- Taking the photographs on a cloudy or overcast day is better
than bright sunshine -- usually.
- Spraying water -- and water only -- on the inscription may
help to define it and make it easier to read. Do this ONLY if the inscription
is very difficult to read.
- Do not damage any flowers planted in front of the headstone
epitaph. If it is possible to move flowers or foliage away from the
front of the headstone without doing damage to them, then do so if needed.
If the epitaph cannot be seen because of a plant that's okay because
you will be recording that inscription anyway, but if you can move the
foliage out of the way that would be best.
- Be sure to crouch down to the level of the headstone and move
in close to fill the viewfinder frame with the image of the headstone
being sure to get the whole headstone. We are not interested in anything
else but the headstone.
- When you have taken all the headstone shots in a particular cemetery,
please also take one shot of the cemetery showing the setting
of the graves. We do not need shots of the Cross of Sacrifice or Stone
of Remembrance on their own (they are all the same) but they could be
included in the general view if it also includes the war graves.
- In a war cemetery or war grave plot within a larger cemetery, there
may be planted greenery or flowers in front of the epitaph. It
should be possible to gently move this aside while photographing the
epitaph. Please photograph the epitaph separately if it cannot be seen
in the photo of the whole stone. Please take care not to damage the
plant. If this is not possible, then please take note of the inscription.
Digital Photo Hints
- The order of taking photos is VERY IMPORTANT.
- Take a photo of the cemetery in which the graves to be photographed
are located. If possible, include a sign with the name of the cemetery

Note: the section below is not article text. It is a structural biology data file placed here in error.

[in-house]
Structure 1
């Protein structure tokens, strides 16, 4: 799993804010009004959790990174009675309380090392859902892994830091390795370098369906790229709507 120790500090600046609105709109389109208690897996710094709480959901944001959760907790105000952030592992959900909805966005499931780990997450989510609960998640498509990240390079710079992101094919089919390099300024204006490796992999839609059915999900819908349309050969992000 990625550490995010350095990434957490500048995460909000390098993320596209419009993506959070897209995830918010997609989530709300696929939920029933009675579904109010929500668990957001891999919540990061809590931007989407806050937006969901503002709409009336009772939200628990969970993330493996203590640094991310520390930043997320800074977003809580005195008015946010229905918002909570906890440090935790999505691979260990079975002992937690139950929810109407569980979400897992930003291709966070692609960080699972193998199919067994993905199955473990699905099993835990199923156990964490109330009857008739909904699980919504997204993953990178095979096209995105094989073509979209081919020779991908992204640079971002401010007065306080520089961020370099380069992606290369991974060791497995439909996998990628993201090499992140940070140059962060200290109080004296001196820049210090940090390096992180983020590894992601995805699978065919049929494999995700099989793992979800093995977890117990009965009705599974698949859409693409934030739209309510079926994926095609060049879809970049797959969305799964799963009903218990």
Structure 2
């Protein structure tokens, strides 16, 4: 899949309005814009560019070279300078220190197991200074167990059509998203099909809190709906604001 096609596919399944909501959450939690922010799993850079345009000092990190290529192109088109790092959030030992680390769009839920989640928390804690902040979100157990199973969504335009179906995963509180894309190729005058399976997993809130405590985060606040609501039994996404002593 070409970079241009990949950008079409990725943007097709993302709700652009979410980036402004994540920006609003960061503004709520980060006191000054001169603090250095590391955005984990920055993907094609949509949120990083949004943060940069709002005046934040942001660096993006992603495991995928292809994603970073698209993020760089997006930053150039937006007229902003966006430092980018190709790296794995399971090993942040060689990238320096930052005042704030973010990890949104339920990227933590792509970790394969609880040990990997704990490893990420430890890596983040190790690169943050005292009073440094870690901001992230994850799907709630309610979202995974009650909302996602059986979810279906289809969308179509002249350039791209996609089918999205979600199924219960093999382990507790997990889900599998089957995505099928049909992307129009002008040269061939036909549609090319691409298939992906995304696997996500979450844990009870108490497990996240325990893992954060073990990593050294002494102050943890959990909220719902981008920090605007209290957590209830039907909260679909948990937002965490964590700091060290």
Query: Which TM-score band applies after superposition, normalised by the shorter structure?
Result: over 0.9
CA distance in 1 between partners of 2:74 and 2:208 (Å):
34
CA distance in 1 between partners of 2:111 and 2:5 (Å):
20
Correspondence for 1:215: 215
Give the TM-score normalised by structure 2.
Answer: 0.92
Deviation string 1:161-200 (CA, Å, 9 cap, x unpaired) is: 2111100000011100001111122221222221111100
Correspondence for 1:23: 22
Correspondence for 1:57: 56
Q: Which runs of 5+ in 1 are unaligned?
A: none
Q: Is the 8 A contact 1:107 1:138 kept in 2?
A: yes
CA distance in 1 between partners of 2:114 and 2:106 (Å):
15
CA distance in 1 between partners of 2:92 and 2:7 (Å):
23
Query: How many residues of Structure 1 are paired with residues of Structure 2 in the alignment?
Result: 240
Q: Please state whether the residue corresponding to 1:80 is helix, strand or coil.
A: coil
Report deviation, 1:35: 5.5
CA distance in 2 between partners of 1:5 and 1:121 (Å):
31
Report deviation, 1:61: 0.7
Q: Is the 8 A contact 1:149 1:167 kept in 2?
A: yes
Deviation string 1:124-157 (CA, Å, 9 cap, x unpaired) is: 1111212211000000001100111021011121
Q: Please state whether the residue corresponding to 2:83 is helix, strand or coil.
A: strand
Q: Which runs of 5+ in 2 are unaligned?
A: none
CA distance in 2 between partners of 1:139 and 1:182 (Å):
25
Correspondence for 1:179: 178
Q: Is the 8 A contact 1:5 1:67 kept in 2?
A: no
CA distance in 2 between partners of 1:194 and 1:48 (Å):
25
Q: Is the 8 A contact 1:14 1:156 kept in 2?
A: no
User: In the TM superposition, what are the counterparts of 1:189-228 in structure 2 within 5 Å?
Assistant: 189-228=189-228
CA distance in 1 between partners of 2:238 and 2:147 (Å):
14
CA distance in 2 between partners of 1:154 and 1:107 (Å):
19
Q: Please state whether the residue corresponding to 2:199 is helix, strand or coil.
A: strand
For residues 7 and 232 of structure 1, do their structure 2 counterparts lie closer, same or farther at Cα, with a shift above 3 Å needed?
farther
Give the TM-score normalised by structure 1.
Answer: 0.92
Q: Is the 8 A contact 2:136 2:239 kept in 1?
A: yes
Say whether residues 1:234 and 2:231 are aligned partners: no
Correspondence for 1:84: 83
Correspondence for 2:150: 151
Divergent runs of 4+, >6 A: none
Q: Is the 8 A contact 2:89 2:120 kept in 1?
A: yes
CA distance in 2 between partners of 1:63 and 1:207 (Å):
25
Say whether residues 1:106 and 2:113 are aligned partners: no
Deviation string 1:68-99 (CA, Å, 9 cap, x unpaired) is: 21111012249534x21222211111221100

in the first picture of those from that cemetery.
- Take the first grave photo as per the above instructions.
- Then take the epitaph at the bottom if there is one and it cannot
be seen in the main photo. That way, when we are processing the
images we will know that that image of the epitaph belongs to the
previous grave photo.
- If any part of the inscription is faded or at all difficult to
take an extreme close up of the suspect area. This is particularly
important with the identification number at the top of the inscription.
Sometimes it is difficult to distinguish between an 8 and a 3, or
a 3 and a 5 or a 6 and a 0, depending on the style of the font and
the extent of the deterioration of the engraving.
- Move on to the next stone and repeat the process.
- Shoot at the medium resolution. (minimum 1200 x 800, preferably 1600
x 1200) We do not need high resolution (large sized) files.
- Once you have finished the photography, store the photos in a JPEG
format on CD and mail to us, or email them to: firstname.lastname@example.org
- Do not manipulate the photos in any way.
- If you choose to name the photos, please use this naming convention
- Please be sure to label each disc with the contents. Include the
name of the cemetery, the location and your name. Please create an index
of names contained on each disc.
Photo Guide reprinted with kind permission
of Steve Douglas and the Maple
Leaf Legacy Project